Young said, “I don’t have to shout? This is f*cking ridiculous. You’ve got me in handcuffs. I’m naked, and you kicked my house in. I keep telling you, you’ve got the wrong place.”
Young said later in an interview, “When I asked them to show me, when I asked them to tell me what they are doing in my house, and their response to me was just, shut up and calm down, that’s so disrespectful.”
Eventually, the sergeant told the officer who was granted the warrant that they needed to step outside. When the two men left Young’s apartment, they cut the body camera off.
After twenty minutes, the sergeant returned and apologized to Young.
“I do apologize for bothering you tonight. I assure you that the city will be in contact with you tomorrow…Is there anything I can do right now?”
Through tears, Young told him, “Just leave and let me move on, this is so crazy.”
On their way out officers attempted to fix Young’s door. It didn’t work so they wedged an ironing board in between the door to keep other people from getting into her apartment.
Though the incident happened in 2019, the Civilian Office of Police Accountability (COPA) did not launch an investigation or contact Young until nine months later.
Now, more than a year later, COPA said they are still in the process of serving allegations and conducting necessary officer interviews.
Meanwhile, Young is still living with the trauma of not feeling safe in her own home. In order to cope, she said she’s leaned on church for healing and support. She also believes it is her responsibility to speak out about what happened to her.
In her interview with CBS 2, donning a shirt with Breonna Taylor’s face on it—another young Black woman who didn’t survive the erroneous and unlawful police raid, Young said, “The work is warranted-they need to do the work. But they need to do it right. They can’t just callously do it and leave people’s lives in ruins because they got it wrong.”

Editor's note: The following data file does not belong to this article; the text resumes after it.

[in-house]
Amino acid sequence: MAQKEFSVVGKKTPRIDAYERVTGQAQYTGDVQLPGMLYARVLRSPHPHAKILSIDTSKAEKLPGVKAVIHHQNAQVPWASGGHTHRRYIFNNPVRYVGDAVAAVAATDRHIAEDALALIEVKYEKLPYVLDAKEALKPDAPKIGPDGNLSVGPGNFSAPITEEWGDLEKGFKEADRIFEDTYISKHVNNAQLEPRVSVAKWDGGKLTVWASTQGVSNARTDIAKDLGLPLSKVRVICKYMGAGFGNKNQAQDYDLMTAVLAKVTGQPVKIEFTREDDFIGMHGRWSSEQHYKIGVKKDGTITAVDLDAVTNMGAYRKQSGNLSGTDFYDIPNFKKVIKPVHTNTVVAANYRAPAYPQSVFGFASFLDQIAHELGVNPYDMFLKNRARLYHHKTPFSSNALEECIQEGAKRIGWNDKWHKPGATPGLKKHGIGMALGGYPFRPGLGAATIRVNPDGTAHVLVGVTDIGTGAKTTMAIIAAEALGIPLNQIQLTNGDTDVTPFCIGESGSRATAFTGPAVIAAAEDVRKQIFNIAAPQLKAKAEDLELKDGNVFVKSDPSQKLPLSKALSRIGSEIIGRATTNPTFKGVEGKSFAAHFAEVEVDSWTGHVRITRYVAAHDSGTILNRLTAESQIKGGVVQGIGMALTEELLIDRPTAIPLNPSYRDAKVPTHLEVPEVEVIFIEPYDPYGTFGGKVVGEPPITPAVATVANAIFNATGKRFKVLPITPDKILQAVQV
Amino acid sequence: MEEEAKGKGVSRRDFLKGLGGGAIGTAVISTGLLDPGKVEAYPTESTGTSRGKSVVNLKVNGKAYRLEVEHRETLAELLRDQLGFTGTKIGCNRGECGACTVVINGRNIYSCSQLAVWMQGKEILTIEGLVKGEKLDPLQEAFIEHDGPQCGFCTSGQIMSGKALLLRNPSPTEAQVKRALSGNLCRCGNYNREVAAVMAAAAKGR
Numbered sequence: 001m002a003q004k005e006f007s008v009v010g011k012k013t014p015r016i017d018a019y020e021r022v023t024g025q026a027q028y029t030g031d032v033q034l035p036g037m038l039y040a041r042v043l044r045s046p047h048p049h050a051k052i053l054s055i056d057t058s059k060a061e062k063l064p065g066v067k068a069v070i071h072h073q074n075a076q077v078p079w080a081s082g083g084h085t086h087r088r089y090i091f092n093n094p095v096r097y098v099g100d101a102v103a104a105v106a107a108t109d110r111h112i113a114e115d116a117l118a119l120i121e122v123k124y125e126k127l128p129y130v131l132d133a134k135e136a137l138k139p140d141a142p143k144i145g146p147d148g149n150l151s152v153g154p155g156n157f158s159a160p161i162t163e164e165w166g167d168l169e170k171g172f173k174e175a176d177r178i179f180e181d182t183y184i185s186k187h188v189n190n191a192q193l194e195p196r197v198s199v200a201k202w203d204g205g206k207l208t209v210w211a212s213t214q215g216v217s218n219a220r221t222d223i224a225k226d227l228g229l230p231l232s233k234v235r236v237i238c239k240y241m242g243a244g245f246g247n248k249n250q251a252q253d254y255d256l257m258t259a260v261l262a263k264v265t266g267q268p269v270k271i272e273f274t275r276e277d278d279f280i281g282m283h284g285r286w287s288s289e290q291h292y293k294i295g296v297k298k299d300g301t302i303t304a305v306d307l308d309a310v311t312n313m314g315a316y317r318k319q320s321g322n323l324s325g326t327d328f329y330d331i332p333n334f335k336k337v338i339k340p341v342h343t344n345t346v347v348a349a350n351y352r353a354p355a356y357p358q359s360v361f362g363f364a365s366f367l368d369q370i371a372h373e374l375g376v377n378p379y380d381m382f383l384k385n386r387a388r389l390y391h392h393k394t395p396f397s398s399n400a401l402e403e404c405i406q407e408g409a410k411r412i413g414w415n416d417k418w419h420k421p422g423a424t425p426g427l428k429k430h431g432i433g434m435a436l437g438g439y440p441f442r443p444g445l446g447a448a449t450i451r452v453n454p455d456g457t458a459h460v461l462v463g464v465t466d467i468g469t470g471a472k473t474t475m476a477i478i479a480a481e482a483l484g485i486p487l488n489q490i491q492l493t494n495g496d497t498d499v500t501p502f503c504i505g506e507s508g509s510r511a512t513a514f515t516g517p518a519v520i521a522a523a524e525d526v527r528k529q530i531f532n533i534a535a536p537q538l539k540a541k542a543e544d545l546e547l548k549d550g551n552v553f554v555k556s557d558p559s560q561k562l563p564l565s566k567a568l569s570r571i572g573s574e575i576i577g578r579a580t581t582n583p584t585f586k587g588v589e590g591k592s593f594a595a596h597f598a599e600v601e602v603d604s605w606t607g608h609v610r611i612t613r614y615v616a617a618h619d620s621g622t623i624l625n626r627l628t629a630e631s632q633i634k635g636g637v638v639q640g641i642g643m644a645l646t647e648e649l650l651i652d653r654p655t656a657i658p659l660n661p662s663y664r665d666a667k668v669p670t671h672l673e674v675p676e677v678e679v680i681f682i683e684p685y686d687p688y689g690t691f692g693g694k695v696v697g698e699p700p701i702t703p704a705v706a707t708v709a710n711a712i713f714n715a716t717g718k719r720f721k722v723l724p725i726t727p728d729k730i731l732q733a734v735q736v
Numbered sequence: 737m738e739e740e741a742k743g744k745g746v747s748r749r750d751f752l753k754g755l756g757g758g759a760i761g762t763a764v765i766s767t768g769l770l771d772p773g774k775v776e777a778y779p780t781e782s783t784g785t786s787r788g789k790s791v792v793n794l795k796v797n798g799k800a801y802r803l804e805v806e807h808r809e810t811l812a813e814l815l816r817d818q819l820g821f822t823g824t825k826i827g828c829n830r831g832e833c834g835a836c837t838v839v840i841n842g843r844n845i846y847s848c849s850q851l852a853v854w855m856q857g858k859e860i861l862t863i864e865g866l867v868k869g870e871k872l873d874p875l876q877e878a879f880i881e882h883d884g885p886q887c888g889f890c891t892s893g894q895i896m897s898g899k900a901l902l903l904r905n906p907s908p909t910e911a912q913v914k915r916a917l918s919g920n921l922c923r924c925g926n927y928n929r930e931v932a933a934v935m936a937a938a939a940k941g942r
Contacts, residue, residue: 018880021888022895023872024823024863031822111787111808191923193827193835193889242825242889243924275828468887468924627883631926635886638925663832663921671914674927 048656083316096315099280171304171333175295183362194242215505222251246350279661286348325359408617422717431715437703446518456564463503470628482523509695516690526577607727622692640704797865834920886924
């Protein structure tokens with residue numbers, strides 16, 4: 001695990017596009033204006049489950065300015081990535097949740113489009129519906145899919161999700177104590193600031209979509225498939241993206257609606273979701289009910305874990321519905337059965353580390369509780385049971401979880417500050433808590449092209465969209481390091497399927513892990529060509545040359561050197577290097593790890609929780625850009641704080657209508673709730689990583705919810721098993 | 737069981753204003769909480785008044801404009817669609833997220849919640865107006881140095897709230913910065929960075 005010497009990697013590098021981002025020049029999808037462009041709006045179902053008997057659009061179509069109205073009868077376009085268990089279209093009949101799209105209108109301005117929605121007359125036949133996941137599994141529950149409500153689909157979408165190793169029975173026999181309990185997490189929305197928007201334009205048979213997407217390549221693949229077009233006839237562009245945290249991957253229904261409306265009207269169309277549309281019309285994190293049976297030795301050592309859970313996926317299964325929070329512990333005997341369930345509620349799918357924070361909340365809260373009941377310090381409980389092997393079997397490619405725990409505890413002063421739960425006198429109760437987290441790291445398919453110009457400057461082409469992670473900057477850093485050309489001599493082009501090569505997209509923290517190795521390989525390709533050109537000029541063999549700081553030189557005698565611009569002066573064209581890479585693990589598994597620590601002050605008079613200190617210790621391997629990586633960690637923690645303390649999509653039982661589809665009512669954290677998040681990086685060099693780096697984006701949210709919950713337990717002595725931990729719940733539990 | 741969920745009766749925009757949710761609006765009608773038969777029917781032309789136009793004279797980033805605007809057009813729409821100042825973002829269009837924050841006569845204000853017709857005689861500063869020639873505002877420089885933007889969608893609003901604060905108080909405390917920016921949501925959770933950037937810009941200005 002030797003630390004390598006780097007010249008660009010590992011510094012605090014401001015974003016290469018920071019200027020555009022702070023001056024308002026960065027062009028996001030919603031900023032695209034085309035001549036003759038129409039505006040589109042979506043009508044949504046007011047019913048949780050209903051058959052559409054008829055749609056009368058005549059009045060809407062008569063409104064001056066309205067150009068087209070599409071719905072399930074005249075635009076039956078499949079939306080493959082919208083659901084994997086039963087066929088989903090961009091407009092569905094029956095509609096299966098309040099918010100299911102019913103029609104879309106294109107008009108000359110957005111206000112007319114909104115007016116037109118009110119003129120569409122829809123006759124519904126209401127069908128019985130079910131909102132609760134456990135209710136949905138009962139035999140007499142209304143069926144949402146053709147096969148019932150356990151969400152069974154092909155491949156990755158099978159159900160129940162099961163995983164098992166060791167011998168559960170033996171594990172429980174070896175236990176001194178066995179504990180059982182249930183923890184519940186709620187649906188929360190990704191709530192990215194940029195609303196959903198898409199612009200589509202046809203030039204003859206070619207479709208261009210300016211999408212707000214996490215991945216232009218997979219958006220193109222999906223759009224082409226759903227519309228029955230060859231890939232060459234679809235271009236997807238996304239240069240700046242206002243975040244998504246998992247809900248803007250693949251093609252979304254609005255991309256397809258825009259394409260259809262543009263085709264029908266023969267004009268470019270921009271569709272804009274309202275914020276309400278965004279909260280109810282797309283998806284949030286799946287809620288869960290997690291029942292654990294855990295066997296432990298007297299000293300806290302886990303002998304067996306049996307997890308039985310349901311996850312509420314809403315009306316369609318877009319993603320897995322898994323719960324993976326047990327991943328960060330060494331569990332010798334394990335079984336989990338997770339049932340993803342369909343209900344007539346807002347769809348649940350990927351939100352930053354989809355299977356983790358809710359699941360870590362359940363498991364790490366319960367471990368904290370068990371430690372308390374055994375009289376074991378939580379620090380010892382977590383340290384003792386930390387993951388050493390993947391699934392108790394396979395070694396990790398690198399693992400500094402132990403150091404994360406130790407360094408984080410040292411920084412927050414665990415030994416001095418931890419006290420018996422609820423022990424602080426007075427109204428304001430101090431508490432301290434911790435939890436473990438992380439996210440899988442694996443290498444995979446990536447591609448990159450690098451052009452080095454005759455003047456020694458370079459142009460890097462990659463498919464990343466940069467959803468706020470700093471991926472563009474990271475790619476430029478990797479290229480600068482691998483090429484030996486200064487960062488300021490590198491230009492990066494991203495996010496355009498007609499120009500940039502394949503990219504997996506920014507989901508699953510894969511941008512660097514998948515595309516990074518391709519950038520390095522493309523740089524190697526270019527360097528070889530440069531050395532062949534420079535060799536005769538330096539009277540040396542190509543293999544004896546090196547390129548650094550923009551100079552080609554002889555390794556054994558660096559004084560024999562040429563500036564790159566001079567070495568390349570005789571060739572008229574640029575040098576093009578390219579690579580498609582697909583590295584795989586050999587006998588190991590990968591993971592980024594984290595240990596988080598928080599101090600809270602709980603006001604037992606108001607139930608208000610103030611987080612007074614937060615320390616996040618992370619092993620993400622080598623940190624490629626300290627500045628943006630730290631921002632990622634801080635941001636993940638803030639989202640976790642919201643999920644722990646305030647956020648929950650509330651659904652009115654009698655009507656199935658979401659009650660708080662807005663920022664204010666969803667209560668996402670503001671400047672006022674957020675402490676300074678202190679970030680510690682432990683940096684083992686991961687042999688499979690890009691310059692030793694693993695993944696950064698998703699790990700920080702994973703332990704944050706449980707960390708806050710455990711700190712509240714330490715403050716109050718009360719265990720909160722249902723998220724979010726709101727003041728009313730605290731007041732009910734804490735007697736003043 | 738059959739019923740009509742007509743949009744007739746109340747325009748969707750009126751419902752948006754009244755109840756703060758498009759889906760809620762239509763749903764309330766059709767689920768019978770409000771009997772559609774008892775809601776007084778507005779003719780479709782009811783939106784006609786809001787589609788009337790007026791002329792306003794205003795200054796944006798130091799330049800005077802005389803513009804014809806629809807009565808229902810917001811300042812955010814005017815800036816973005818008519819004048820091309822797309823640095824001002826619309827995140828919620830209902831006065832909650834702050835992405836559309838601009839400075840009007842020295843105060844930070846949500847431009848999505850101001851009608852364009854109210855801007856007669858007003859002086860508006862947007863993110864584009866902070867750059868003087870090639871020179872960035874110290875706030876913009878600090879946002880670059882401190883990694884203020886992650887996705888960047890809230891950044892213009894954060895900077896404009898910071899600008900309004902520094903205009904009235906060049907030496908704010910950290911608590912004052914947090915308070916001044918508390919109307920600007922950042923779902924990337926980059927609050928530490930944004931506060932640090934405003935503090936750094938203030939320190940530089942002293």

You can watch the surveillance video from the incident below.
Barack Obama Under Fire For Criticizing “Defund The Police” Slogan
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Yes We Can Defund The Police— Benjamin Dixon (@BenjaminPDixon) December 2, 2020
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A million takes on "defund the police" and nobody noticed or thought it was worthy of comment that it was initially "abolish the police" before changing swiftly and imperceptibly in mainstream discourse at some point during the summer.— Osita Nwanevu (@OsitaNwanevu) December 2, 2020
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this is the best explanation I've seen for "defund the police" as a slogan and policypic.twitter.com/O5tUNk4IQQ— ☀️👀 (@zei_squirrel) December 2, 2020
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If people don’t like “defund the police” I’m cool with going back to “fuck the police”.— Renee Bracey Sherman (@RBraceySherman) December 2, 2020
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Nobody cares what people who aren't even committed to ending police violence think of “defund the police.” The fact that ending state violence is a PR issue before it's a people's lives issue says a lot.— William C. (@williamcson) December 2, 2020
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obama doesn't like "defund the police" as a slogan because it is a specific actionable thing with a clear goal in mind. hope, change, yes we can & all that are better because they don't require you to actually do anything after saying them— Shaun (@shaun_vids) December 2, 2020
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“Demilitarize the police”— Drew Comments (@sjs856) December 2, 2020
“End qualified immunity”
“End no-knock warrants”
“No body cam, no badge”
“Abolish chokeholds now”
Any one of these is a slogan where you can get people to see your point of view. But just saying “defund the police” makes people nervous
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Regarding “defund the police” & other “snappy” slogans:— Dr. Steven W. Thrasher (@thrasherxy) December 2, 2020
It’s OK to lose some ppl, especially if they’re holding power and standing in our way and if we want to take it away from them to crate a better world than the one they’ve created.
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You: alienated by the phrase “defund the police.”— Kashana (@kashanacauley) December 2, 2020
Me: alienated by that weird thing where cops keep killing black people and getting raises for it.
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I don't want to hear anyone criticizing "defund the police" unless they have constructive alternatives for persuasive ways to frame demand. "Reform" suggests toothless symbolic BS that doesn't fix problem. I hate it when people just complain about what activists are doing wrong.— Nathan J Robinson (@NathanJRobinson) December 2, 2020